Fig. 2
figure 2

Key 1H–1H COSY and HMBC correlations of compounds 13

Fig. 3
figure 3

Key NOESY correlations (dashed black arrows) of compounds 13

Fig. 4
figure 4

X-ray crystallographic structures of 1, 11, and 14

Compound 2, obtained as a white powder, was determined to possess a molecular formula of C15H24O3, as evidenced by its positive HRESIMS data at m/z 275.1618 (calcd for C15H24O3Na+, 275.1618). By comparing its 1H, 13C, and DEPT NMR data (Table 1) with those of the known 6-epi-pereniporin A (4) [8], we could speculate that both compounds were structural analogues, with the only distinction being that one hydroxy group linked at C-11 was absent in 2, as fully supported by the HMBC correlations (Fig. 2) of H2-11 (δH 3.45) with C-8 (δC 138.2), C-9 (δC 74.6), and C-12 (δC 61.5). Similar NOESY data (Fig. 3) and ECD curves (Fig. 5) between 1 and 2 proved that these two compounds possessed the identical absolute configuration. Accordingly, the absolute structure of 2, named as ustusol G, was defined.

Fig. 5
figure 5

Experimental ECD curves of compounds 1 and 2 in MeOH

Compound 3 was deduced to have a molecular formula of C15H24O3, as evidenced via its HRESIMS data. By comparing the 1D NMR data (Table 1) of 3 to those of the known ustusol D (11) [9] (Fig. 1) whose absolute structure was verified via crystallography experiment (Fig. 4), it revealed that both compounds possessed the identical drimane sesquiterpenoid core skeleton, with the only exception that a hydroxy group was linked at C-2 in 11 by C-3 in 3. This conclusion was further corroborated via the key 1H–1H COSY cross-peaks of H2-1/H2-2/H-3, as well as the HMBC correlations of both Me-14 and Me-15 with C-3, C-4, and C-5 (Fig. 2). The NOE cross-peaks (Fig. 3) of Me-15α/H-3/H-5 and H2-11/Me-13β demonstrated that OH-3 was β-oriented in 3. To validate this speculation, the 13C NMR chemical shifts of 3 were predicted at the B972/pcSseg-2 level showing the correlation coefficient (R2) value of 0.9985 (Fig. 6), which completely supported our proposed relative structure. Lastly, the quantum chemical electronic circular dichroism (ECD) calculation was employed for 3. To our expectation, the calculated ECD plot was closely similar to the experimental one (Fig. 7), proclaiming its absolute configuration as 3S, 5S, 9R, and 10S, and this compound was named as ustusol H.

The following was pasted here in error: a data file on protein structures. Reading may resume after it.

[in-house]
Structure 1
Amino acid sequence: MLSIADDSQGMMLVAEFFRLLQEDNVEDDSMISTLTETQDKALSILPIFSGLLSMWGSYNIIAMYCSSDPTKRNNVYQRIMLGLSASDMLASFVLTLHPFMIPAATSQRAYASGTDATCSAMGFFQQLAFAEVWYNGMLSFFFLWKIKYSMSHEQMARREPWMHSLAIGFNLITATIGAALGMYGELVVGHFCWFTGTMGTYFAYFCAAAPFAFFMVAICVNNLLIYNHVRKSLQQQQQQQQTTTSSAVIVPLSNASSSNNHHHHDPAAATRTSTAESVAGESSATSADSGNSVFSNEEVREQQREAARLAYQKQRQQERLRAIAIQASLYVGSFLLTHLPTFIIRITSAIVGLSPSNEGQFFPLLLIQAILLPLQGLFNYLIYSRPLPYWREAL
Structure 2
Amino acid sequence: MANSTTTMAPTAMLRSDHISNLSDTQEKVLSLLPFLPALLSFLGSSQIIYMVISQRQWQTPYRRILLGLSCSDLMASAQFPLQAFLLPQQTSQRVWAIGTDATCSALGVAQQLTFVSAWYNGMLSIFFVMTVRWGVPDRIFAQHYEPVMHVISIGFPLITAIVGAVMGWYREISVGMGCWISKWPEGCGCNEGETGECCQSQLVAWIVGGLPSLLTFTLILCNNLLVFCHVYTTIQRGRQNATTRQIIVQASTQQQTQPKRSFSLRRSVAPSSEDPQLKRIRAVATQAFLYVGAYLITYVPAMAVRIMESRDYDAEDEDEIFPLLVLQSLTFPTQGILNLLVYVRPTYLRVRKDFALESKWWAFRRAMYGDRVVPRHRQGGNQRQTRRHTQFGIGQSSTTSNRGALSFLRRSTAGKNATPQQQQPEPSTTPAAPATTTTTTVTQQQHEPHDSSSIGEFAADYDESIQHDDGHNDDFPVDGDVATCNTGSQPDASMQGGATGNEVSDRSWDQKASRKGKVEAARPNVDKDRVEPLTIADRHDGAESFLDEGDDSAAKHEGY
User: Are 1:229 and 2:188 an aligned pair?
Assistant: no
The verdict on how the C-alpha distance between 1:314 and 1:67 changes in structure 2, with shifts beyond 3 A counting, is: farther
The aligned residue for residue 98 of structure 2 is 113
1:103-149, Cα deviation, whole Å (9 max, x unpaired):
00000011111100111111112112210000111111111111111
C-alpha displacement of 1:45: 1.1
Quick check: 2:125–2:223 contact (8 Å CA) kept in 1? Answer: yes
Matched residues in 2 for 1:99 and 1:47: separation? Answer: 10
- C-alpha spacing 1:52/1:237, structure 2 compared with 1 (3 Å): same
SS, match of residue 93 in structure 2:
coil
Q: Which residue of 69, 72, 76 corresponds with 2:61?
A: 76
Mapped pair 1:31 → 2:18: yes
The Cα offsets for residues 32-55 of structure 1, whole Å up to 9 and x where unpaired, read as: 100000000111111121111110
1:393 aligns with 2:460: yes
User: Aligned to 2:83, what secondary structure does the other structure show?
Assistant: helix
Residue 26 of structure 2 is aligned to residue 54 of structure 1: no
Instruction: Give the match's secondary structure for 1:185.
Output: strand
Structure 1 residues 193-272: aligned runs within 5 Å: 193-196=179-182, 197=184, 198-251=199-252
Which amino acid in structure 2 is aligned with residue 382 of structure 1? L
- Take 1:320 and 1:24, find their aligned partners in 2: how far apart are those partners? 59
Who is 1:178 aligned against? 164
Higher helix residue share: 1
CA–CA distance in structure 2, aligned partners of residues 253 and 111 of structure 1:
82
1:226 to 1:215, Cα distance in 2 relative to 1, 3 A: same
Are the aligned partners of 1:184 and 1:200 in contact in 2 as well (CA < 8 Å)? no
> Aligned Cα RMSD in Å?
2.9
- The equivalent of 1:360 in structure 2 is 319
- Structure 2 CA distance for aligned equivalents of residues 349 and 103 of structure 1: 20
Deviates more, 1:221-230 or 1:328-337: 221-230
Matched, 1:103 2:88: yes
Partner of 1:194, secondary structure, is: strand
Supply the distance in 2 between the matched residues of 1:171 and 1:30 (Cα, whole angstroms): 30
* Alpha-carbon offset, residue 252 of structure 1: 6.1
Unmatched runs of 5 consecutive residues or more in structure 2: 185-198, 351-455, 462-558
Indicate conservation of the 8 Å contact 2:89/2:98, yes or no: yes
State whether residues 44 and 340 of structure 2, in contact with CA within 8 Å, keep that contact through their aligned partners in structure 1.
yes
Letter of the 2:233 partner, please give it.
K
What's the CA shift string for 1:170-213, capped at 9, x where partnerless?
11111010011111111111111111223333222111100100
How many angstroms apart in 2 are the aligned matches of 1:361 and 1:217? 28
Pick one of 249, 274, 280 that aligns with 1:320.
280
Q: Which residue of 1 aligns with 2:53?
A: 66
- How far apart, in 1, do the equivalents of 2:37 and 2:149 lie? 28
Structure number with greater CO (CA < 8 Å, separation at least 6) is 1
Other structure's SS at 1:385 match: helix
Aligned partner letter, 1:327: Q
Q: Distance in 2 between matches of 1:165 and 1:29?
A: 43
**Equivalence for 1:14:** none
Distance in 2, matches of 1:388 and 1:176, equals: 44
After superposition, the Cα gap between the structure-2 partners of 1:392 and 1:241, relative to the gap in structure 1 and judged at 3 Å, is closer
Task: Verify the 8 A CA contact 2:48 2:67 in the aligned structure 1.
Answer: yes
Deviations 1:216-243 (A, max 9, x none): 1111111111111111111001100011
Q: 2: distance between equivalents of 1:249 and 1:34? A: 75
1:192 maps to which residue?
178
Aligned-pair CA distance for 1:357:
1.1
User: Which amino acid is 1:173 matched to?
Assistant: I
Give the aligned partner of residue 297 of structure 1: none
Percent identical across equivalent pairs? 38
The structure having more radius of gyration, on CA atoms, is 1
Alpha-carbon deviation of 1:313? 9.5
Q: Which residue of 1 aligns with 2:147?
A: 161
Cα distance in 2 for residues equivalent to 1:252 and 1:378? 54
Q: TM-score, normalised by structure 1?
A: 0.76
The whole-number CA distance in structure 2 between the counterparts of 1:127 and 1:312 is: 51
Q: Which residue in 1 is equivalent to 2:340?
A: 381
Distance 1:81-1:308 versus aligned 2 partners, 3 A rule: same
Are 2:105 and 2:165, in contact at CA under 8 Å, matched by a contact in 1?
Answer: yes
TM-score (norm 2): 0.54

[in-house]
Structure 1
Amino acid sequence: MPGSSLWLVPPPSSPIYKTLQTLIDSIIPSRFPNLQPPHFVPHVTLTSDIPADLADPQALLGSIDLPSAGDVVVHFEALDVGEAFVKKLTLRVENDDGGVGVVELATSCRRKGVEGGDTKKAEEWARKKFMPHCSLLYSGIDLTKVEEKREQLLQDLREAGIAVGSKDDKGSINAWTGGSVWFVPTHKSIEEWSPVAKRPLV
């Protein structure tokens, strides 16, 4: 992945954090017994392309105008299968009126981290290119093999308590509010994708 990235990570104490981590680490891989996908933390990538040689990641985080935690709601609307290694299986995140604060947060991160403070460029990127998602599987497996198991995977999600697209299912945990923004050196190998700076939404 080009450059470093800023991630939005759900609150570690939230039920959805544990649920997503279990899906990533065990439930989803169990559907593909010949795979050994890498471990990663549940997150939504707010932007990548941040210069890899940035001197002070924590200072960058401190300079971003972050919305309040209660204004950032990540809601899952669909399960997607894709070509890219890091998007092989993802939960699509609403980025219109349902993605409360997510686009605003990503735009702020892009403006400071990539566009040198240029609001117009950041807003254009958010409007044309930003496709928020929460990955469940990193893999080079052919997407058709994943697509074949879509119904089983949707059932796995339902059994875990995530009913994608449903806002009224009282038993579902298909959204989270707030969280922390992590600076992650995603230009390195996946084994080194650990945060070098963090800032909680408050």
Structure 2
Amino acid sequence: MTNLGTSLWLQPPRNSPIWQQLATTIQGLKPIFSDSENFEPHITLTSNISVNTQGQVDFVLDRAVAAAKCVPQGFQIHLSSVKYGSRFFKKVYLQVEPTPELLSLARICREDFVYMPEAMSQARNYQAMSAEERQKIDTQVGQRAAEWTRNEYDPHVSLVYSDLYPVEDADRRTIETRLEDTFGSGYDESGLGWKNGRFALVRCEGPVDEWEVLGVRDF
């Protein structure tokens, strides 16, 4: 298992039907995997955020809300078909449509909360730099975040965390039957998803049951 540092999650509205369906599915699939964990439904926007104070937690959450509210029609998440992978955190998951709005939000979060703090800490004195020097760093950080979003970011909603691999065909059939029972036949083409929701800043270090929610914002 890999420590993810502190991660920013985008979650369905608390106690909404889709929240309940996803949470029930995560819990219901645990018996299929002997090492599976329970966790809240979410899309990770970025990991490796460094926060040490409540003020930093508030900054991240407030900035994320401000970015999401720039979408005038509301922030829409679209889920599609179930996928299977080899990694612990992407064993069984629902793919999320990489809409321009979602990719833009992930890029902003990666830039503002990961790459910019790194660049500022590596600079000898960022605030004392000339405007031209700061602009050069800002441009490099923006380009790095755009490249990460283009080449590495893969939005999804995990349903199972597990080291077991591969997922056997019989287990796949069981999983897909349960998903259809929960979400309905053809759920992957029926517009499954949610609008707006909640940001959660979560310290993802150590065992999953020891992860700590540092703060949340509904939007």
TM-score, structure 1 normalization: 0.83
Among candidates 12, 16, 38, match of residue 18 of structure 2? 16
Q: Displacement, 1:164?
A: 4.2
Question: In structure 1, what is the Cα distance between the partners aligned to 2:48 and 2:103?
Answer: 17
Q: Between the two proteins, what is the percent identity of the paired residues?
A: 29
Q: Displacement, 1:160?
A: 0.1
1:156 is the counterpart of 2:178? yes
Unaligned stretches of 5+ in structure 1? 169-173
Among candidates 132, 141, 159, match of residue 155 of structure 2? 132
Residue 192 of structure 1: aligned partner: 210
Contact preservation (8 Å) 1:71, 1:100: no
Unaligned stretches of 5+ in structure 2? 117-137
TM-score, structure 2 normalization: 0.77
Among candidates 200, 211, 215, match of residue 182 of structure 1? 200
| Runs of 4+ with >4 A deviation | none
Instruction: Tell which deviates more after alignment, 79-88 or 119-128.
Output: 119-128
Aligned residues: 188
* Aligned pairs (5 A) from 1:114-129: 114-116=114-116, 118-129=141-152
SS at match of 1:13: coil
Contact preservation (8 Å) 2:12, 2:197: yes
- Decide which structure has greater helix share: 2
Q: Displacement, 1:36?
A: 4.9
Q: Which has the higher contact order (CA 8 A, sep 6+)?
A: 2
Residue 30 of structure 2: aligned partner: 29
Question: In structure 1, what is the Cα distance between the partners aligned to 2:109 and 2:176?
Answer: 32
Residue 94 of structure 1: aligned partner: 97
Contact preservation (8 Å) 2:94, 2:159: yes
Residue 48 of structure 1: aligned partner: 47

Fig. 6
figure 6

Linear correlation between the experimental and calculated 13C NMR chemical shifts for 3

Fig. 7
figure 7

Experimental and calculated ECD spectra of compound 3

Apart from new compounds 13, eleven known congeners were also isolated from A. calidoustus TJ403-EL05 and identified as 6-epi-pereniporin A (4) [8], 6-epi-O-methyl-pereniporin A (5) [8], 9a-hydroxy-5a-drim-7-ene-6-one-11,12-olide (6) [7], 6-dehydroxy-6-oxopereniporin A (7) [8], strobilactone A (8) [10], pereniporin B (9) [11], dendocarbin C (10) [12], ustusol D (11) [9], 9a,11,12-trihydroxydrim-7-en-6-one (12) [13], 12-hydroxyalbrassitriol (13) [14] and drim-8-en-6β,7a,11-triol (14) [15], by comparison of their HRESIMS and NMR data with those reported in the literature.

In the bioactivity assay, due to the limited amounts of 3, other compounds (1–2 and 4–14) were tested for anti-inflammatory activity by using LPS-induced murine macrophages RAW264.7 cells. As a result, only compound 14 was found to show an inhibitory effect against the NO release (IC50 = 25.6 μM), and the remaining compounds did not exhibit significant activity with IC50 values of > 40 µM (positive control MG132: IC50 = 0.32 µM).